Even more indicative of the BSP's problems is the fact that Ganchev garnered only 5% less than Marazov. While in the end the difference between Marazov and Ganchev is big enough to prevent a total disaster for the Socialists, it reinforces Ganchev's position as one of the major political actors in the country. After this vote, Ganchev has consolidated his position in Bulgarian politics and his BBB is a force to be reckoned with.

    The turnout, finally, was around 12-15% lower than in the previous presidential elections in 1992 and the last parliamentary elections in 1994, and compares to that in last years local elections. The fact that no more people bothered to vote for their president than did for their mayors is a clear sign that Bulgarians are fed up with their politicians and disillusioned with the state of politics in general. There appears to be widespread feeling that politics is just a dirty business and that it is useless to participate.

    It is still early to predict the outcome of the runoff, since it remains to be seen whether Tomov-- and especially Ganchev -- will call on their voters to cast their ballot for one of the two remaining candidates. But since conventional wisdom has it that both Stoyanov and Marazov will profit from the votes Ganchev received in the first round, a victory of the opposition candidate seems very likely. The question is how big the difference between the two candidates will be, and whether Stoyanov's victory will prove to be the first in a series of opposition successes. Another question is whether more Bulgarians will bother to show up at the polling station in that decisive round. -- Stefan Krause in Sofia

    [17] BULGARIAN PRESIDENTIAL HOPEFULS ON FOREIGN POLICY, SECURITY.

    Before the 27 October presidential elections , the main candidates laid out their foreign and security policy priorities in two debates in the national media and in lectures at Sofia's Atlantic Club. Marazov addressed the Atlantic Club on 16 October. He said the main foreign and security policy issues such as EU and NATO membership should be solved by consensus and warned against attempts to exploit the disputed issue of NATO membership in the election campaign. Marazov proposed that referenda be held to decide on EU and NATO membership but did not say whether he favors NATO membership. The BSP has still not taken a definite position although it is generally critical of joining the Alliance. But Marazov -- in a reference to Russian objections to NATO enlargement -- noted that this is a matter only for NATO and the country wishing to join.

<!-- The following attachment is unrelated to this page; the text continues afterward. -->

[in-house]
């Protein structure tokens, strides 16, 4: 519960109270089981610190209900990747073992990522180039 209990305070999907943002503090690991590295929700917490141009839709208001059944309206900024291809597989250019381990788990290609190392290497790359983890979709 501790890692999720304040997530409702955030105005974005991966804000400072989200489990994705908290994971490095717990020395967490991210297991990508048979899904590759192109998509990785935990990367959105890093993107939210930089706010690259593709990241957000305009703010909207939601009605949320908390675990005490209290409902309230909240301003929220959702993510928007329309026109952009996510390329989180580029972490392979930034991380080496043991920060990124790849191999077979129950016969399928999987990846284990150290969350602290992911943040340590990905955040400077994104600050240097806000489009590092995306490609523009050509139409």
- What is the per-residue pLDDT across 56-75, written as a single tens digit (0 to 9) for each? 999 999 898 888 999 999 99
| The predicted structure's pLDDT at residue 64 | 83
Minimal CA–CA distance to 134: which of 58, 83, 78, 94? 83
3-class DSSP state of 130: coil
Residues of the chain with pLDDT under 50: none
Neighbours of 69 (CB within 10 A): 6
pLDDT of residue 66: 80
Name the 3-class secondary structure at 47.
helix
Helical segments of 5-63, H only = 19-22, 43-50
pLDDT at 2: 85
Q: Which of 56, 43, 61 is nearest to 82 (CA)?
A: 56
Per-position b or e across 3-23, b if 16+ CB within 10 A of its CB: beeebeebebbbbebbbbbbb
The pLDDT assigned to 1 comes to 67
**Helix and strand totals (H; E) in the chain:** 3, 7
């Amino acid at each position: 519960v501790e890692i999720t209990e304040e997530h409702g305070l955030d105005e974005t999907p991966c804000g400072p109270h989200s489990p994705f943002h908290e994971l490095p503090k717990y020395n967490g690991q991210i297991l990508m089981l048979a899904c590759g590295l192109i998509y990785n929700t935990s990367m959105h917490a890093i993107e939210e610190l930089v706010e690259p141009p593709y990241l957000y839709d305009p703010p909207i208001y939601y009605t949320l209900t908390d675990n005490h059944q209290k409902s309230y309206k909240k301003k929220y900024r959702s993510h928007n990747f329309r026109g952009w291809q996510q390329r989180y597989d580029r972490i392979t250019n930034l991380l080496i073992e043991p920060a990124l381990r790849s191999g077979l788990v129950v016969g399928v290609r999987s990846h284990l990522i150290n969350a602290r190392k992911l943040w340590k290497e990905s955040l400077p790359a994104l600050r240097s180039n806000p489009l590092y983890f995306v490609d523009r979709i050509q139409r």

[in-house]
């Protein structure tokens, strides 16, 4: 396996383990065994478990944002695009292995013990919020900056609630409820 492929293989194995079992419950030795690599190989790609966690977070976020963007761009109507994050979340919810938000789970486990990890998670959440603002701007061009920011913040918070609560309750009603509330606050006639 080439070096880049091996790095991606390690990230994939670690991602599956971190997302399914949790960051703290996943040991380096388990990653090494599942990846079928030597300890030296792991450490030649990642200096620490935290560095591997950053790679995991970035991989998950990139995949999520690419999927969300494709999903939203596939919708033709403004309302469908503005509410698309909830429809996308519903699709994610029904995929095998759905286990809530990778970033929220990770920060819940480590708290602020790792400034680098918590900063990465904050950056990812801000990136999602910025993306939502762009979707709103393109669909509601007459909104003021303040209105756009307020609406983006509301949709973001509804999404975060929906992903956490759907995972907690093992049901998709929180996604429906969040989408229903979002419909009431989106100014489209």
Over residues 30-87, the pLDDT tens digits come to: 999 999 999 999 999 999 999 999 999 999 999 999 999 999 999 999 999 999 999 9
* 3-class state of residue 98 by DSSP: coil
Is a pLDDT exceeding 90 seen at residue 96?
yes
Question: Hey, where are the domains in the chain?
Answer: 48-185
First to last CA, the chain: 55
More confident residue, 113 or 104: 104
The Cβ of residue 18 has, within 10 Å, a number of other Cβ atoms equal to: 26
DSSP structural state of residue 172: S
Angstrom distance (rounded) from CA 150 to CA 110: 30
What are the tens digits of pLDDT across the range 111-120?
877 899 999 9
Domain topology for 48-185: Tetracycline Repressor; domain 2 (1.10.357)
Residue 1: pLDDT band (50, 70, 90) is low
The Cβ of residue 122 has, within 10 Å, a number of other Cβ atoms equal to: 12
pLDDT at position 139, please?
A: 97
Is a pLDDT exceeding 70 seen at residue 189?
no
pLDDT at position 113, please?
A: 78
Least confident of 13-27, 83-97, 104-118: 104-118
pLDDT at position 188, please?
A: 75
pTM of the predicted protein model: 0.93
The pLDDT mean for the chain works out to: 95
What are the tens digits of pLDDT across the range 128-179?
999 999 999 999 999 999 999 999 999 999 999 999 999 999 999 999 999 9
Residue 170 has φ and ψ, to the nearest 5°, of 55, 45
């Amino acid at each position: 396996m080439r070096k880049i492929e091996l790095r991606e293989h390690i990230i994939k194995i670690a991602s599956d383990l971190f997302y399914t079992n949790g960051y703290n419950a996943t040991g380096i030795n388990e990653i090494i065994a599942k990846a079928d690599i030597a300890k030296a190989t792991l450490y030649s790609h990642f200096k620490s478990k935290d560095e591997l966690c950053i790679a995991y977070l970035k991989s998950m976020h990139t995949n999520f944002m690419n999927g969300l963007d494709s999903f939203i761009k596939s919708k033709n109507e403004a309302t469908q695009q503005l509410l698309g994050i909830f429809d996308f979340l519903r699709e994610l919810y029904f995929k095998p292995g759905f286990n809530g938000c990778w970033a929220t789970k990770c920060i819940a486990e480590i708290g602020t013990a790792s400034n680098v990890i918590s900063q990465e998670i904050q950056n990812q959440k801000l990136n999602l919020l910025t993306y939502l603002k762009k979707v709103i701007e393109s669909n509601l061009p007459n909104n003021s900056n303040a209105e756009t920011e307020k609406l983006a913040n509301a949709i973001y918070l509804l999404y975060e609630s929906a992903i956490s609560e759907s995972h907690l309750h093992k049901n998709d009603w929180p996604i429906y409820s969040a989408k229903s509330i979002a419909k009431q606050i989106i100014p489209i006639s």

Stoyanov had already delivered a lecture at the Atlantic Club on 7 October. Unlike Marazov, Stoyanov insisted that Bulgaria must join NATO. He said a refusal to join would result in isolation not only from the West but also from the Visegrad countries and Bulgaria's Balkan neighbors. Stoyanov also noted his intention to work toward good relations with Russia but said that the present Bulgarian government's foreign policy led to an estrangement from Europe and the U.S. without bringing Bulgaria closer to Russia. As to the Balkans, Stoyanov said Bulgaria must have a "completely balanced" policy.

    The debates on national TV and radio on 10 and 17 October only served to highlight the differences between the two main candidates. Here, Marazov was joined by his running mate, Bokova. Stoyanov again said Bulgaria should join NATO to secure its security interests, while Marazov and Bokova said the parliament or the people should decide on that question. The disputes were mainly a show that brought little insight or new positions. At any rate, Standart on 12 October noted that Stoyanov's appearance during the first debate met with 28% approval, against 14% for Marazov, while the Socialist daily Duma's headline suggested that "Ivan and Irina razed their opponent to the ground."

    Ganchev used his three minutes to complain about the law allotting air time to the candidates according to their parties' strength in parliament. Ganchev -- whose poll ratings had risen and almost caught up with Marazov's -- met with Russian Ambassador Aleksandr Avdeev and told him that NATO membership is "unrealistic" and that Bulgaria should pursue a policy of "active neutrality." -- Stefan Krause

    Edited by Patrick Moore


    This material was reprinted with permission of the Open Media Research Institute, a nonprofit organization with research offices in Prague, Czech Republic.
    For more information on OMRI publications please write to info@omri.cz.